Church-run hospitality firm goes bust
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A Presbyterian Church-run hospitality company that provided meals to the aged and hotel industry across Queensland has gone belly up.
Contented Chef, owned by troubled aged care operator PresCare, was put into liquidation earlier this week adding to the financial woes of the church's various businesses.
Contented Chef was a commercial kitchen cooking meals and ingredients for aged care homes, hotels, restaurants and convenience stores. Peter Lucas, of PA Lucas & Co, has been appointed to wind up the firm, which was established in 2015.
Contented Chef is a subsidiary of PresCare's Credere Services Group, which in 2019 reported net liabilities of $24 million. Credere also sells mobility equipment and monitoring systems for aged care patients.
Mr Lucas declined to comment on why Contented Chef had been placed into liquidation or the amount owed to creditors. A creditors' meeting would be held on Monday.
Earlier this year, PresCare chief executive Wayne Knapp (illustrated) said the organisation would attempt to sell its non-core operations.
It also would offload its aged care homes in Rockhampton, Maryborough, Townsville and Brisbane after racking up a loss of $12 million. Sydney-based Myhomecare has purchased PresCare's home care operations but not the aged care homes.
McGrathNicol Advisory has been hired to manage the sale of the homes, which care for 600 elderly residents. Mr Knapp was unavailable to comment.
WING AND A PRAYER
THE Presbyterian Church, which can trace its roots back to 16th Century Scotland, has been in a world of pain in relation to its business operations for several years.
Credere's auditors in 2019 raised several red flags about the amount of the company's liabilities which had risen from $19.8m the previous year to $24.8m.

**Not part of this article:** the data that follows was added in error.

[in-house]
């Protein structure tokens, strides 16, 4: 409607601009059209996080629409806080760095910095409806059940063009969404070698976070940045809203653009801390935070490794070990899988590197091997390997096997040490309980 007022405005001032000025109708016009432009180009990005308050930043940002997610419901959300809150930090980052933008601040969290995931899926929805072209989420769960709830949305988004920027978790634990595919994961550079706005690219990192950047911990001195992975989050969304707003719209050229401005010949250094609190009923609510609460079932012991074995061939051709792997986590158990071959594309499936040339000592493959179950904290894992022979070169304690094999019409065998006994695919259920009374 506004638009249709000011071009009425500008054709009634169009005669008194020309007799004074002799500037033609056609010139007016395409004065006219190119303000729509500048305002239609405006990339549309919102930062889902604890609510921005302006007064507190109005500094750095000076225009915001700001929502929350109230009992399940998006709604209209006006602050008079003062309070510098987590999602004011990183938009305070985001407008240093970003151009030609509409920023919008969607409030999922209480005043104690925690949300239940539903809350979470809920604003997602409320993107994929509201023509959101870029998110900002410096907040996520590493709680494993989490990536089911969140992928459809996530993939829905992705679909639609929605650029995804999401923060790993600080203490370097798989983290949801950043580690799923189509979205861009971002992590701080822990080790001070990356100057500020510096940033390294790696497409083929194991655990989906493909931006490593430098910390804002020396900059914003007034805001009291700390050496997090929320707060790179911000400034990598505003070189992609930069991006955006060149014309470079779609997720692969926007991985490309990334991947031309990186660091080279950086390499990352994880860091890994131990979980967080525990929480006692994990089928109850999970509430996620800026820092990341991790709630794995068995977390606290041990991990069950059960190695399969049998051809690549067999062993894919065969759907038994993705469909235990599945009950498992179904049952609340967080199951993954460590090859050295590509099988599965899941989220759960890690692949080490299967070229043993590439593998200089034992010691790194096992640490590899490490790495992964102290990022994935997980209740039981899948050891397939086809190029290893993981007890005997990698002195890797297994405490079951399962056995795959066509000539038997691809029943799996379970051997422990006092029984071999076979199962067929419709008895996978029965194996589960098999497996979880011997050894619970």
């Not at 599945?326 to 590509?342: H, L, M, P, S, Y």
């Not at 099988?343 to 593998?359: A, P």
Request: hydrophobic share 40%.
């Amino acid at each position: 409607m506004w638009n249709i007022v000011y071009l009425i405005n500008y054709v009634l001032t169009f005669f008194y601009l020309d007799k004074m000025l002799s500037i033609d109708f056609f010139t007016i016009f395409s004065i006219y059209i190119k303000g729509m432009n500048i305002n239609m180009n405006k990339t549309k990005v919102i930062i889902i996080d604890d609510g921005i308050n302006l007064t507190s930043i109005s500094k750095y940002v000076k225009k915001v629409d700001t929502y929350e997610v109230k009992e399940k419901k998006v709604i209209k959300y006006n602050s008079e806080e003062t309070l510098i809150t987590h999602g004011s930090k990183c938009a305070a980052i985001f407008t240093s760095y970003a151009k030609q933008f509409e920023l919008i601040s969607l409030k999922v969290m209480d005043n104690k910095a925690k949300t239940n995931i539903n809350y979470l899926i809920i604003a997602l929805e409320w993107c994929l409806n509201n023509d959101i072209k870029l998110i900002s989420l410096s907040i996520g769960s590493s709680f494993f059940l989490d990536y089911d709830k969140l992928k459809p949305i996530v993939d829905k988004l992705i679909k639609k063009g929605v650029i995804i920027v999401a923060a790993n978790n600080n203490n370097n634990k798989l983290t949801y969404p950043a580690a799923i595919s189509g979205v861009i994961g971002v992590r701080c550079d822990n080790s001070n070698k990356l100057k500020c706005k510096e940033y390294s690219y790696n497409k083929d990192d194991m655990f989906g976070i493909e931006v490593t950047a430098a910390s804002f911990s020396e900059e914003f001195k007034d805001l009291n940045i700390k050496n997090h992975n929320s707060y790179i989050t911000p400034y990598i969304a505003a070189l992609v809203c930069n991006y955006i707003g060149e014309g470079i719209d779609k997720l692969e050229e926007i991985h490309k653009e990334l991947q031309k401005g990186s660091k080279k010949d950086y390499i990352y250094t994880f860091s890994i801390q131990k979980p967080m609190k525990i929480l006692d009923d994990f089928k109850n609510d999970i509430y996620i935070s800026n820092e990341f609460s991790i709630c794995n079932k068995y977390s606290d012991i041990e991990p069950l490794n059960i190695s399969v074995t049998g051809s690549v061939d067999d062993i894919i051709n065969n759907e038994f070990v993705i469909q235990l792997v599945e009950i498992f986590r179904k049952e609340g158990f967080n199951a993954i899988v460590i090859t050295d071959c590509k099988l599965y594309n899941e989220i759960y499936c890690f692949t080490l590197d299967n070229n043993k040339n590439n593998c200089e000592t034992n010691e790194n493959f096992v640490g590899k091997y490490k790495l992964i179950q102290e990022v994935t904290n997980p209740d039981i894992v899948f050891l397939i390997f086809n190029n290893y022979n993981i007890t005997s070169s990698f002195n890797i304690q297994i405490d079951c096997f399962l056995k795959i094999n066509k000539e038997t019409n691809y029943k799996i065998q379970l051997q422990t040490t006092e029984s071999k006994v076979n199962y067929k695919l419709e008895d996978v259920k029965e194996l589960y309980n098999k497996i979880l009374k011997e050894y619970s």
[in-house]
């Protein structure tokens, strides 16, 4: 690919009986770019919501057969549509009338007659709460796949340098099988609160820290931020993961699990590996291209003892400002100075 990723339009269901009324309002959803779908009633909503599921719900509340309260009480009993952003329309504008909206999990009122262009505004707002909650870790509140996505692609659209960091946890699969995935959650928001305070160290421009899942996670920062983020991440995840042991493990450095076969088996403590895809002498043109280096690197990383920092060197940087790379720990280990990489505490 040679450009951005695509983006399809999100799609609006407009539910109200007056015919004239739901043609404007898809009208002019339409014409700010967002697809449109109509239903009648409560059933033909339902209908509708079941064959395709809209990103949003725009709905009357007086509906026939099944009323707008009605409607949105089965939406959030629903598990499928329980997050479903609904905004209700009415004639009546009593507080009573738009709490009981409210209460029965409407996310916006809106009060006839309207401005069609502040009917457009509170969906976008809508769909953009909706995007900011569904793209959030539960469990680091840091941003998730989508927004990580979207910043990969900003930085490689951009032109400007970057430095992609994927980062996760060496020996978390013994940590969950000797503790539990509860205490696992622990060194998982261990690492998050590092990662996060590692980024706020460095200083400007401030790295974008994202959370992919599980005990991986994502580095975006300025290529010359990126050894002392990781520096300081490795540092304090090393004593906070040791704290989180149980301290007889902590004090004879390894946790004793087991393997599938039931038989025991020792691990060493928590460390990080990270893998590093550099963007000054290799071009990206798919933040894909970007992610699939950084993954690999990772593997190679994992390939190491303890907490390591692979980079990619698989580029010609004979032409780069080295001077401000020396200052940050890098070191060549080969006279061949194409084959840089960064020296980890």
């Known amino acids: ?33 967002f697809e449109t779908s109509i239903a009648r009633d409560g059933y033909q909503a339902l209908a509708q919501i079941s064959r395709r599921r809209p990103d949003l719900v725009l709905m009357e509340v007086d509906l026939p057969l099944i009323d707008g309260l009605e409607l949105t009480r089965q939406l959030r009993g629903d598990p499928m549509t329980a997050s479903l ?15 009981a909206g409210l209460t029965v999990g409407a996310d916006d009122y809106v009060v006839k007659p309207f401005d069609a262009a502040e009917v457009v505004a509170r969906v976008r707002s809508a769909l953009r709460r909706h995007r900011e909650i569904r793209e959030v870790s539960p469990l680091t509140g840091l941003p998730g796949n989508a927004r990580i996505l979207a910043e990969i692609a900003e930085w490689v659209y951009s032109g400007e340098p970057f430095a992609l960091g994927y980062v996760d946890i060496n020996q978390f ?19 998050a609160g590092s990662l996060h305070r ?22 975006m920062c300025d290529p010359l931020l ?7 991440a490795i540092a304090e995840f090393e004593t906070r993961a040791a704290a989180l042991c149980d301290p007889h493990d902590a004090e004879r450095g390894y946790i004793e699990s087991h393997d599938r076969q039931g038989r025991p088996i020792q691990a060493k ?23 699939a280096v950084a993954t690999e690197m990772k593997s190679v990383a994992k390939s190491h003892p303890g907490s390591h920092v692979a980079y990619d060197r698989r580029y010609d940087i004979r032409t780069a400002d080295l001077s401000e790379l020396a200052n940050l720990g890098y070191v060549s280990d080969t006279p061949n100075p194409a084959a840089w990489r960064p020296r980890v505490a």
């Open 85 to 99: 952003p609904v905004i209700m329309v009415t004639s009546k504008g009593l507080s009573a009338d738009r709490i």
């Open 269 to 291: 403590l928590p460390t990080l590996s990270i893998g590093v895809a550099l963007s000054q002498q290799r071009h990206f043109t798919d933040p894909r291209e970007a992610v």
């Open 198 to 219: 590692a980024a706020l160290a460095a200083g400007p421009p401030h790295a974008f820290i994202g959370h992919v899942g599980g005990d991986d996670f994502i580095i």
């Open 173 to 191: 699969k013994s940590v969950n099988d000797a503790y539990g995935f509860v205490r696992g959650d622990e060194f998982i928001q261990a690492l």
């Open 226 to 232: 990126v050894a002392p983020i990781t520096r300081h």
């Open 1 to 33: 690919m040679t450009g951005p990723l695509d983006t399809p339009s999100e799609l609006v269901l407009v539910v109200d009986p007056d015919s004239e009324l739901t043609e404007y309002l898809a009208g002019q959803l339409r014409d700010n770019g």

"The company acknowledges that primae facie this aspect of the financial statement indicates a significant uncertainty as to whether the company will continue as a going concern," the auditor said in a financial statement lodged with ASIC.
However, the auditors said the church had provided a pledge to provide ongoing financial support to allow it to meet its liabilities.
The report also flagged continuing challenges for the group's companies as they established themselves in new markets. "Multiple accounting systems and lack of processes are major issues that are being addressed as we move to position the group entities going forward," the financial report said. The company had written down the value of its various businesses including Contented Chef, Walk on Wheels and Surecom during 2019.
YOUR diarist was a bit mystified by the seating arrangements at the Gabba when he took his cricket-mad 12-year-old son to the Big Bash match between Brisbane Heat and the Hobart Hurricanes on Sunday night.
We had excellent seats in the Straight Drive section of the southern stand but were squashed with other people into two rows of seats that were surrounded by rows of empty seats in front and behind us.
When an elderly lady next to me quite sensibly moved to one of the empty seats behind us so she could distance herself from everyone else, she was quickly ushered back to her original seat by a security guard.
At a time when social distancing is being encouraged it doesn't make a lot of sense to squash everyone into a row of seats when there were plenty of vacant seats available. Go figure.
Originally published as Church-run hospitality firm goes bust